Why is the United States the only most-developed nation lacking some form of government-funded universal health care system?
Why are so many Americans, even those who support or rely upon government programs like Medicare, so vehemently opposed to ‘socialized medicine?’
Why do so many Americans continue to believe theirs is the best health care system in the world, even when presented with irrefutable evidence to the contrary?
To help answer these questions, this Digital Journalist interviewed more than a dozen leading health officials from around the world and asked them to compare health care attitudes in their countries and in the United States.
“It comes down to a difference in culture and character,” said Dr. Fiona Godlee, editor-in-chief of the British Medical Journal (BMJ) and a fellow at the Royal College of Physicians in London. “In America, you’ve got this sense of individualism and Darwinian survival and opportunity to win. In the UK, we have this very strong sense that we have to provide for the weaker in our society.”
Dr. Stephen Leeder, editor-in-chief of the Medical Journal of Australia (MJA) and professor of public health and community medicine at the University of Sydney, also said people in other countries apparently value fairness and equity more than in the United States.
“In the pursuit of excellence, people lost along the way do not count for much, and if you can buy excellent health care… if you can afford it, you get it. If you can’t, you don’t. You guys simply do not believe in equity,” Leeder said of Americans.
The notion of health care as a human right, so often scoffed at in the United States, is central to most nations’ health policies and practices.
“Health care is absolutely a basic human right,” asserted Canadian Federation of Nurses Unions (CFNU) President Linda Silas.
Norwegian Health Minister Bent Høie, a Conservative, says he is “wary of the philosophical implications” of the term ‘basic human rights.’
“But personally, I completely agree with the statement that health care should be a right in all societies,” Høie insisted. “All societies should strive to ensure that their people have access to quality care.”
“The aim must be to provide health care to everybody irrespective of his or her ability to pay for it,” said World Medical Association (WMA) Secretary General Dr. Otmar Kloiber, who points to the Universal Declaration of Human Rights— which was signed by the United States– and the US Declaration of Independence as documents that “enshrine and express common values of mankind.”
In addition to being a basic human right, many of those interviewed for this article asserted that their public health care systems are an integral part of their national identities.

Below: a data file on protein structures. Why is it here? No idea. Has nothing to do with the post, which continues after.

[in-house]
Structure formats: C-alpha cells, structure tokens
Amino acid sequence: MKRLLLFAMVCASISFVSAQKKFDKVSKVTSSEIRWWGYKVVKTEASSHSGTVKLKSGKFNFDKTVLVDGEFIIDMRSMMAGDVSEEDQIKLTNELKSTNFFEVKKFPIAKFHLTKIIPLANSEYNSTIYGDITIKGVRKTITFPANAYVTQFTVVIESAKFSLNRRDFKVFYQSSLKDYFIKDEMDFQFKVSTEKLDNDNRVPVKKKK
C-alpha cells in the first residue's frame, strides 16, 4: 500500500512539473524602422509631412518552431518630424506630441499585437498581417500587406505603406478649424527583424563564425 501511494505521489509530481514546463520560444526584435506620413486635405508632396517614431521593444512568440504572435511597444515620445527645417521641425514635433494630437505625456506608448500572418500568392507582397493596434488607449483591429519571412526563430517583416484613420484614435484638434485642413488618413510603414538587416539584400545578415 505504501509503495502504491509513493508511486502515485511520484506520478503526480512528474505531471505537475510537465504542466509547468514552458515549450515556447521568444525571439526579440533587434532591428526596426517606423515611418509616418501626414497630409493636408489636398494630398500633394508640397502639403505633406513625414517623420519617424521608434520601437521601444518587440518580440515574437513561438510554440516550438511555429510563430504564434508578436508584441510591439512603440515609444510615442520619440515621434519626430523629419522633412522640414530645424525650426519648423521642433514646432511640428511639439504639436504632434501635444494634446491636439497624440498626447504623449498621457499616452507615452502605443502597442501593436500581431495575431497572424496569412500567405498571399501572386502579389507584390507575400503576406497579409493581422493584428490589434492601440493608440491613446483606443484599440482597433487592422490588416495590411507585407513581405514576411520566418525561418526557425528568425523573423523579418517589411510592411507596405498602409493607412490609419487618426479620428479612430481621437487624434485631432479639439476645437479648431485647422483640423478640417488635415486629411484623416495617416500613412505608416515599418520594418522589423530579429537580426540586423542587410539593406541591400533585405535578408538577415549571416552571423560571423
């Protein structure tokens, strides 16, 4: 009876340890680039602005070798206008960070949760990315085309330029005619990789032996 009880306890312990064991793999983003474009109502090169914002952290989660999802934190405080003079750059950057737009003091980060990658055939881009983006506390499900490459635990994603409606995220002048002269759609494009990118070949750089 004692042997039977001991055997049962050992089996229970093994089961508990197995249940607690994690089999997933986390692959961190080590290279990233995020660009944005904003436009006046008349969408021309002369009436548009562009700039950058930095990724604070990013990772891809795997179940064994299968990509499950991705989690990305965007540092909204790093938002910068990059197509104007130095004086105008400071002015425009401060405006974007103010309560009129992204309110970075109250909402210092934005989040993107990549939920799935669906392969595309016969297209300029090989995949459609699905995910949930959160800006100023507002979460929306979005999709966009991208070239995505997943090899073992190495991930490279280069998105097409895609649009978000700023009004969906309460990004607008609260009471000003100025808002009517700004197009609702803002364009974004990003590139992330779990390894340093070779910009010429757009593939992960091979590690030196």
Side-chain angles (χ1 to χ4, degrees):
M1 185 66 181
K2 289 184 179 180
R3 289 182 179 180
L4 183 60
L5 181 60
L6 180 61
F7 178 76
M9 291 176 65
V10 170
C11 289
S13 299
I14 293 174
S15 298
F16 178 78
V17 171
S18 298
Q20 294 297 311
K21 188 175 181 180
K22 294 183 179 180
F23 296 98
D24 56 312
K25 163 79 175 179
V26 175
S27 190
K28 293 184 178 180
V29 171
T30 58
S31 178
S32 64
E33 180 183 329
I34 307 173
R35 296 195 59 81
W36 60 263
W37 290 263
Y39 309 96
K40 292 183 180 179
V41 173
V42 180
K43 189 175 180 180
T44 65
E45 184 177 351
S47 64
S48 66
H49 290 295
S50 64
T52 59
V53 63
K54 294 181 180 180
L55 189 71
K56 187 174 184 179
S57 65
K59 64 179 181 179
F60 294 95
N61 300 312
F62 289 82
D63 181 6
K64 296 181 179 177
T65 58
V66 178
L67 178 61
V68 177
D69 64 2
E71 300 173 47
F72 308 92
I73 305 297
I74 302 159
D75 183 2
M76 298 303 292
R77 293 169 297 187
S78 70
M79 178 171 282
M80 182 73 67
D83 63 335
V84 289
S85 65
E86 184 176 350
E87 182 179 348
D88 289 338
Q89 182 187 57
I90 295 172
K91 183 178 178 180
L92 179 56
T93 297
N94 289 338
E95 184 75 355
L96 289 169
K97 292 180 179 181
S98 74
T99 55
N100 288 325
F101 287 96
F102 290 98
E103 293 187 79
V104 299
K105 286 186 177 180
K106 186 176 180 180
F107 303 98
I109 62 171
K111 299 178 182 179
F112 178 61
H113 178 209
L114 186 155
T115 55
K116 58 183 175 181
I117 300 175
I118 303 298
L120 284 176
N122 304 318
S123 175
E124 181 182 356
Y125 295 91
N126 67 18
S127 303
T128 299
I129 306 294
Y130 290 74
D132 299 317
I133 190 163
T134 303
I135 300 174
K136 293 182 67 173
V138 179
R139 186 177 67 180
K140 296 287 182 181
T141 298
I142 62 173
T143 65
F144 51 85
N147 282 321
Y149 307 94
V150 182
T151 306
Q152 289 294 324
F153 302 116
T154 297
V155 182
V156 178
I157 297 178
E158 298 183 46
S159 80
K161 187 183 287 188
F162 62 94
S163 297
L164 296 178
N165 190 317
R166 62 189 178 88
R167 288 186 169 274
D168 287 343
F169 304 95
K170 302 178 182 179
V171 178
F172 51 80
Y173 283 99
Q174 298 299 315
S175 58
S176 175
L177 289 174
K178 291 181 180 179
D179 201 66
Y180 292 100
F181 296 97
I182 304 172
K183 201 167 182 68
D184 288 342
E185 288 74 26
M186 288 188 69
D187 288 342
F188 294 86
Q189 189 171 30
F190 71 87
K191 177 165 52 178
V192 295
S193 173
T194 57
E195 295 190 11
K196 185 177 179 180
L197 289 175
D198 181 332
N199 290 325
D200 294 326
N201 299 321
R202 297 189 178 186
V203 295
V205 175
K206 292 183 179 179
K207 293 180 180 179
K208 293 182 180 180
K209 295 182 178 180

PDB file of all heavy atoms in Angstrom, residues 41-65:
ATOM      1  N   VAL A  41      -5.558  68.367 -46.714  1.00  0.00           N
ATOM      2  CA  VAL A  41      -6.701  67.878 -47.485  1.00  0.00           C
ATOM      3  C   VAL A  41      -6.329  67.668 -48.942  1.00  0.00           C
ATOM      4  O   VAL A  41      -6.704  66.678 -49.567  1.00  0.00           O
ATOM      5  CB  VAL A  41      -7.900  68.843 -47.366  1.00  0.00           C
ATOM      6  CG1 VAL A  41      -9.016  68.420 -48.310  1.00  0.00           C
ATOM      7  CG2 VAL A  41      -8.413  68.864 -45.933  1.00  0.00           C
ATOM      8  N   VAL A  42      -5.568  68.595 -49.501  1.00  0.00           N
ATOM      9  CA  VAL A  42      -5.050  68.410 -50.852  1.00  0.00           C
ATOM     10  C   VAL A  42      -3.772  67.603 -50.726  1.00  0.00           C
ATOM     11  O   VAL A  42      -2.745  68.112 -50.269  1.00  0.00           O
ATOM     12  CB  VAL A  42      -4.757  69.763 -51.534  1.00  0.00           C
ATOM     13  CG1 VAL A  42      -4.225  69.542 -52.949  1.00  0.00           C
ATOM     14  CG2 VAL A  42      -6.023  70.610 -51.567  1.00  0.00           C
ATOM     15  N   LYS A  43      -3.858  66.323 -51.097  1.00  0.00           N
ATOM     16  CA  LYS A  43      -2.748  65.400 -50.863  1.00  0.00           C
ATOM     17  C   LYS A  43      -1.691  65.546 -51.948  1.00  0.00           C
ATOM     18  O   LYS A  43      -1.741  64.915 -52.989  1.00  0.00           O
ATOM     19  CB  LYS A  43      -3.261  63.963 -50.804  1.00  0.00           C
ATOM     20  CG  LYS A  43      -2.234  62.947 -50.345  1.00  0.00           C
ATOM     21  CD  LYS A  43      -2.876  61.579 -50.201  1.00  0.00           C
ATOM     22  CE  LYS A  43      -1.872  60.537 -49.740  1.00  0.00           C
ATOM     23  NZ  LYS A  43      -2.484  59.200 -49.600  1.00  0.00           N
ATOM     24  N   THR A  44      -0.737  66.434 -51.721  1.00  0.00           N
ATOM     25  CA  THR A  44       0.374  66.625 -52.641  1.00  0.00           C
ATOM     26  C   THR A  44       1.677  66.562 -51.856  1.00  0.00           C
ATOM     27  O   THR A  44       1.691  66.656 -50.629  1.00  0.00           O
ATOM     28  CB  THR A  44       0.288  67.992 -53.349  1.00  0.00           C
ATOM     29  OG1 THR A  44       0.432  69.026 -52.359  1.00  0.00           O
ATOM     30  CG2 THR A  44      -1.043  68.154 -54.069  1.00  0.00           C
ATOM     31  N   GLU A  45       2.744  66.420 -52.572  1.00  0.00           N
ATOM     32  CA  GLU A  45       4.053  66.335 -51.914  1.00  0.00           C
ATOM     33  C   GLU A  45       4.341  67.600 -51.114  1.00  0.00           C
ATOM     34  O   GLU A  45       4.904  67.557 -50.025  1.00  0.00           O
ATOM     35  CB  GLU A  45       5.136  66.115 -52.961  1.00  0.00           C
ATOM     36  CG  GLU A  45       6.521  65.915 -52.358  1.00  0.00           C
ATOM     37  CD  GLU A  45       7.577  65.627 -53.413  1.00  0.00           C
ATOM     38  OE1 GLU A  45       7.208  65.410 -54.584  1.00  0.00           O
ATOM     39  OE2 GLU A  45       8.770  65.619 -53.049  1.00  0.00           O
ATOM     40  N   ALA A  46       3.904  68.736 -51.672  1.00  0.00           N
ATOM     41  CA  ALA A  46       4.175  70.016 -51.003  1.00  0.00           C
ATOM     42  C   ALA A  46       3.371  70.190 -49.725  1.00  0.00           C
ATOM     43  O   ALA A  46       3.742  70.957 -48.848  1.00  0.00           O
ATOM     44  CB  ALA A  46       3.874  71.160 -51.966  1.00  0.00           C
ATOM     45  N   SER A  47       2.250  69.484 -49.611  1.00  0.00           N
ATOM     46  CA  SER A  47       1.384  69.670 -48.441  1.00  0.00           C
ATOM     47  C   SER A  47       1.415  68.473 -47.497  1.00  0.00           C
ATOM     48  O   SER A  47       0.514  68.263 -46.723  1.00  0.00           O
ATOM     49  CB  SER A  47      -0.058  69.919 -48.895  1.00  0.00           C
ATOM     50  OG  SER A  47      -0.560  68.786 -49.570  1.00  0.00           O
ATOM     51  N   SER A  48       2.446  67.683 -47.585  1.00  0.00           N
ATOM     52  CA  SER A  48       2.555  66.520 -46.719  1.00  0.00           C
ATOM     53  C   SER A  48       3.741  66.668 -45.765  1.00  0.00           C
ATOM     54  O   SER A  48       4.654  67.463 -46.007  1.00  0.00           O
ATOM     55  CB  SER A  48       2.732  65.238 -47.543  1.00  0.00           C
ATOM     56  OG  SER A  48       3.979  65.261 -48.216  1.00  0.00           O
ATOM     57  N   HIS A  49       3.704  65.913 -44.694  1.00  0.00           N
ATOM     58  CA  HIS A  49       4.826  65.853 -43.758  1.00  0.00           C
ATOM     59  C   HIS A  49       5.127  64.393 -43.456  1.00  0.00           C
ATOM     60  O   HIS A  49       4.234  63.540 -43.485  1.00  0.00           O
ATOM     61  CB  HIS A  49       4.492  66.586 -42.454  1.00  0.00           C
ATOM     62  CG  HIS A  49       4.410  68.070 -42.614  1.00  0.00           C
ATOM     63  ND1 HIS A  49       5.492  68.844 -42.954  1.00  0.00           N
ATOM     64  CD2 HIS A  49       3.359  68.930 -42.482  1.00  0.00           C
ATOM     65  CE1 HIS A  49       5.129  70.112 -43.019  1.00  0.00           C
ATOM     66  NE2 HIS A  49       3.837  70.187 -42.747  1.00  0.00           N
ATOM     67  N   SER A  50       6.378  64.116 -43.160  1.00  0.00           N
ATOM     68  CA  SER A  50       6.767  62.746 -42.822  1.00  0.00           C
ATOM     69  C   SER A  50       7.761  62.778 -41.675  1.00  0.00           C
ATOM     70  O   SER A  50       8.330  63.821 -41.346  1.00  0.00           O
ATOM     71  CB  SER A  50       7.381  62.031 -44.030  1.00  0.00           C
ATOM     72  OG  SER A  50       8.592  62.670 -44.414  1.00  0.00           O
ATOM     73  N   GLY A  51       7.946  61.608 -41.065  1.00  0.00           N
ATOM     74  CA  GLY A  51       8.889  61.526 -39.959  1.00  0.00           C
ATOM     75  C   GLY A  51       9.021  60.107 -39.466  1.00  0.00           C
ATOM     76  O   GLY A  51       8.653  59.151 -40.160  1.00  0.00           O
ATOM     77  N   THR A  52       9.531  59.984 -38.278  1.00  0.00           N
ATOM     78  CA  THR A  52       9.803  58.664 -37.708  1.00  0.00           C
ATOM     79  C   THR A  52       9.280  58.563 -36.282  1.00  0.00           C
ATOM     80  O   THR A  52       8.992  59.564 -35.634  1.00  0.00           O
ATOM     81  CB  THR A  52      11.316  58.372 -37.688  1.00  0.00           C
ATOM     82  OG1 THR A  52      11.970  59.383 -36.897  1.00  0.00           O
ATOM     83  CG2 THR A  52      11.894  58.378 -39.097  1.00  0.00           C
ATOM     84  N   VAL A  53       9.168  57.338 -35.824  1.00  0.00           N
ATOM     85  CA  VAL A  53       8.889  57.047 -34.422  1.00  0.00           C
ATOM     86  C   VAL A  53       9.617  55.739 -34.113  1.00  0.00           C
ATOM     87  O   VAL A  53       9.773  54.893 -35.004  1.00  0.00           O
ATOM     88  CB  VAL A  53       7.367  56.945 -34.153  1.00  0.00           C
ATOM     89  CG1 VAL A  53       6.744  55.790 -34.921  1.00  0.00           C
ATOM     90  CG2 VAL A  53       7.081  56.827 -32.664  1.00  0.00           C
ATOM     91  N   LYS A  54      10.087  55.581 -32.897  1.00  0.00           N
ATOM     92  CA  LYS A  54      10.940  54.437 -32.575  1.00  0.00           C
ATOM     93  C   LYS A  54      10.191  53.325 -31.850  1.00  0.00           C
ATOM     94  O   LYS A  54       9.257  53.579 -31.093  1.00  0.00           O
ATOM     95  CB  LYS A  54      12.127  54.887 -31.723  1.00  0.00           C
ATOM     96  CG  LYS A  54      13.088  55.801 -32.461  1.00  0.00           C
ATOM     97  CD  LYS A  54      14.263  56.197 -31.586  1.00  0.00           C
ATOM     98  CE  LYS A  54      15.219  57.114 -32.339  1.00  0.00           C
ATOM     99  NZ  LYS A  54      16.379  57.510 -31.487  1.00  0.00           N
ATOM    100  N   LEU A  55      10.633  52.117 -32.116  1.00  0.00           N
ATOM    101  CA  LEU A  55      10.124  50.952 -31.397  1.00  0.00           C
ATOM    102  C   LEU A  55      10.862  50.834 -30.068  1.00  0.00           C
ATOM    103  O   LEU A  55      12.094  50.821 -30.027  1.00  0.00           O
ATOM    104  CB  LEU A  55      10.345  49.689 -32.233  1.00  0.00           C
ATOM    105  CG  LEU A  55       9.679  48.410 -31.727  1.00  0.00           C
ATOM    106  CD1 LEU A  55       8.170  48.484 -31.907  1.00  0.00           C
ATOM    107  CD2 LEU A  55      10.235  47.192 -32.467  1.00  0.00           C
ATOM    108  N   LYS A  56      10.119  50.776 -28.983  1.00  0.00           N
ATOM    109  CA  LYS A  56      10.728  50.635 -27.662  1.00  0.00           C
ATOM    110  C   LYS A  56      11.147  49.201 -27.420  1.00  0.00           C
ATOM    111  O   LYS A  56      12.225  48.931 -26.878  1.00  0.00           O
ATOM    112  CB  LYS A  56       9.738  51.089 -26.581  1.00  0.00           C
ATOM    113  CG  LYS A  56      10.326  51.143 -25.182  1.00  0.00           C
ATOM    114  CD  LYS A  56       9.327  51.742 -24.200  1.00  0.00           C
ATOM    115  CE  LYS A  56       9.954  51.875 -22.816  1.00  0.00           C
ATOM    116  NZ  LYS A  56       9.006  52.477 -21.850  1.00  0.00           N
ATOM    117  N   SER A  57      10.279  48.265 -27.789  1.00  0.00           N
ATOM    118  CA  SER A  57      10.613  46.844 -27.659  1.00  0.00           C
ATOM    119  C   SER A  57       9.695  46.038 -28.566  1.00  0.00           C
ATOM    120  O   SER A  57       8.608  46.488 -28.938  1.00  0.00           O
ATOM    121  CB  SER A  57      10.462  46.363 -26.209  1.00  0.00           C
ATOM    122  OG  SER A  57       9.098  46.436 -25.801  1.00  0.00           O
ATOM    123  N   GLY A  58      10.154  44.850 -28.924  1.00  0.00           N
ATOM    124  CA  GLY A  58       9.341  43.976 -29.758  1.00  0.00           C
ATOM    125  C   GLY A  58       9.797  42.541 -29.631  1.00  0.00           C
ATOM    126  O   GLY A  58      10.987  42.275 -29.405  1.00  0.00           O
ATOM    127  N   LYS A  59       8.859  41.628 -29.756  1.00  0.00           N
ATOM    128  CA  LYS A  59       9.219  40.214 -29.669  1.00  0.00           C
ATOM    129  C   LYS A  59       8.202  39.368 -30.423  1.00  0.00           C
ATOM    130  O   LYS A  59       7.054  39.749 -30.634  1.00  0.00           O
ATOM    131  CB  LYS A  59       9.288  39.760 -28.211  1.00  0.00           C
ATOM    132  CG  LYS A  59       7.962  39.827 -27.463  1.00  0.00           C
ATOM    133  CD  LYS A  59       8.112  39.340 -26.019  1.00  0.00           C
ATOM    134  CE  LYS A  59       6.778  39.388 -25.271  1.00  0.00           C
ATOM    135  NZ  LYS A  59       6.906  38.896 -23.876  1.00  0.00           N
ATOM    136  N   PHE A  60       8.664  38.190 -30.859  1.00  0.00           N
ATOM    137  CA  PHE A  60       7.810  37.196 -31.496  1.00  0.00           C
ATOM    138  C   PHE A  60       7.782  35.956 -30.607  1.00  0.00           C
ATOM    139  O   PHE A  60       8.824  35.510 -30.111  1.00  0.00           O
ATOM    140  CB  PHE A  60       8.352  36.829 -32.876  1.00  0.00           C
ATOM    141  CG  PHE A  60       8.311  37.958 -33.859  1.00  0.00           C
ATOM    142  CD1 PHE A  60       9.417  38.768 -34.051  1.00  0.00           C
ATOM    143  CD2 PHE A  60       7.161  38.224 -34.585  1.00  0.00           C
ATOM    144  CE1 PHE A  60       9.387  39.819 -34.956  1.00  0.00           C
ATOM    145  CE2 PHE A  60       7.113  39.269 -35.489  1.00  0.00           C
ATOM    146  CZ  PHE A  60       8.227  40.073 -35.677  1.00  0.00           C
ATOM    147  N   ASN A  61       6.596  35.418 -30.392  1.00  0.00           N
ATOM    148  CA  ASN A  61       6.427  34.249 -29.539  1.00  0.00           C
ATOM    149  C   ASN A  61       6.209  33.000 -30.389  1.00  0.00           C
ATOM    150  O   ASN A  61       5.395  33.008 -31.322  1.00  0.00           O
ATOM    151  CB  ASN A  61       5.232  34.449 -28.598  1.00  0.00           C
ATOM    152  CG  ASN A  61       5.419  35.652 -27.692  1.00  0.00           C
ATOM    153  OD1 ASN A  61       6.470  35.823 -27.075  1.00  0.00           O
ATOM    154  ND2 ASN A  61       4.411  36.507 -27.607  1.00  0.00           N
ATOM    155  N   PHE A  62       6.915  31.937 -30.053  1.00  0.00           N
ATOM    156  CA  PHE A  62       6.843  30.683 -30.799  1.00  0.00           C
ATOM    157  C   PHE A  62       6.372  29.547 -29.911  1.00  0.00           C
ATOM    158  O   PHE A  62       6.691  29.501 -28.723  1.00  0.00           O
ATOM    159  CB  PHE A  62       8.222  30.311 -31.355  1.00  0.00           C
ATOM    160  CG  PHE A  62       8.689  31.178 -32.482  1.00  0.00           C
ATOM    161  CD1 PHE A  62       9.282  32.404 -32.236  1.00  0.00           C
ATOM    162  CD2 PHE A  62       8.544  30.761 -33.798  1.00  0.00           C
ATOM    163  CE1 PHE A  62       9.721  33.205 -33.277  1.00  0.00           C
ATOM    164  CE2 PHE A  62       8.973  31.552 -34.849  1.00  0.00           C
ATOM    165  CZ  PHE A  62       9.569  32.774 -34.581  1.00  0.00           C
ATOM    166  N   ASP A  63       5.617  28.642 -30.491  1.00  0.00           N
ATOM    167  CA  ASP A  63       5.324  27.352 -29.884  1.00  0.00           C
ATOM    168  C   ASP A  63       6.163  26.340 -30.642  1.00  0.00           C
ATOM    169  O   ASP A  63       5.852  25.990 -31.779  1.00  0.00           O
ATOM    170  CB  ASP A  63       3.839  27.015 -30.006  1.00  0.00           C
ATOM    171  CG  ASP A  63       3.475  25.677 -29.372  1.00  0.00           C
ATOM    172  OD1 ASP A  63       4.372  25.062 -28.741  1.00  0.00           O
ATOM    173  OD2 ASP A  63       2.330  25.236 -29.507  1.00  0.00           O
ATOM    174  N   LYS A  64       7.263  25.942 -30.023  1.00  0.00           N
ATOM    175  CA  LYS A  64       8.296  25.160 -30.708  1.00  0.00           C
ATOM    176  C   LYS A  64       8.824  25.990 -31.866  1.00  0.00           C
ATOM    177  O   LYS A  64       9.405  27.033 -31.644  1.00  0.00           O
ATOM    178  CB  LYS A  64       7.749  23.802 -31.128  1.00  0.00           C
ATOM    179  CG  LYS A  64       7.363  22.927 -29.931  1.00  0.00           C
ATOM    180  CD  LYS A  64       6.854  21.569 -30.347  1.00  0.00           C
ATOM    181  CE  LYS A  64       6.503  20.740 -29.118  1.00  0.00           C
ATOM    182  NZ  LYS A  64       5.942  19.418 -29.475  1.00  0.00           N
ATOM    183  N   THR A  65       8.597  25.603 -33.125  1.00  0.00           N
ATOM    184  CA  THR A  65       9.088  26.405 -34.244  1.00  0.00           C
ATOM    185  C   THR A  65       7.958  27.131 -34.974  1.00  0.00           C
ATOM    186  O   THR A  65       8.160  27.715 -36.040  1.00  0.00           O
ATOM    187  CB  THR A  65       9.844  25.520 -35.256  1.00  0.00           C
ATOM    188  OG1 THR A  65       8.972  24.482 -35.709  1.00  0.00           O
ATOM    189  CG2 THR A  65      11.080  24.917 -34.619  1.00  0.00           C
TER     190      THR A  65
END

“It’s ingrained in us like maple syrup or hockey,” said Dr. Louis Hugo Francescutti, president of the Canadian Medical Association (CMA). “It’s part of being Canadian. It’s in our DNA.”
Swedish Health Minister Göran Hägglund, who is also leader of the center-right Christian Democrat party, said that people have a “moral obligation to look after each other,” and to that end, “Swedes consider our various welfare systems to be a part of our national identity.”
So what do international health officials make of all the horror stories disseminated by US special interests about the lack of patient choice, ‘rationed care,’ ‘death panels’ and long waiting lists, stories apparently meant to scare an American populace that ranks 51st in global life expectancy away from public health care?
“Any patient can at any time switch physicians. There are no ‘death panels,'” insisted CMA president Francescutti. “Do we have slightly longer waits than Americans? Yes we do. But when you take a look at the indicators, we’re faring better than you in just about every category, and you’re spending twice as much money.”
“What people should do at the end of the day is not exaggerate,” added Dr. Francescutti. “Nobody gets turned away here. Nobody goes bankrupt if they have a heart attack. God forbid you have a heart attack in the United States and you don’t have coverage.”
Indeed, unpaid medical bills are the number one cause of US bankruptcies, with nearly two million Americans affected in 2013.
International public opinion polls show people are very satisfied with government-funded health care systems. According to a recent comparative study of public attitudes toward health systems in 11 nations, 61 percent of Britons believe their health care system “works pretty well and only minor changes are needed.” In America, only 29 percent answered similarly, but 25 percent of Americans said the US health system is “in need of complete rebuilding.”
Fully 85 percent of Canadians surveyed by McGill University in 2007 said that eliminating the nation’s public health system would “result in a fundamental change to the nature of Canada.” In a 2004 CBC television special, Canadians voted Tommy Douglas, a provincial leader best known as the ‘Father of Medicare,’ as the “Greatest Canadian” of all time.
“We’re so lucky with what we have,” said CFNU president Silas. “We don’t want to lose it.”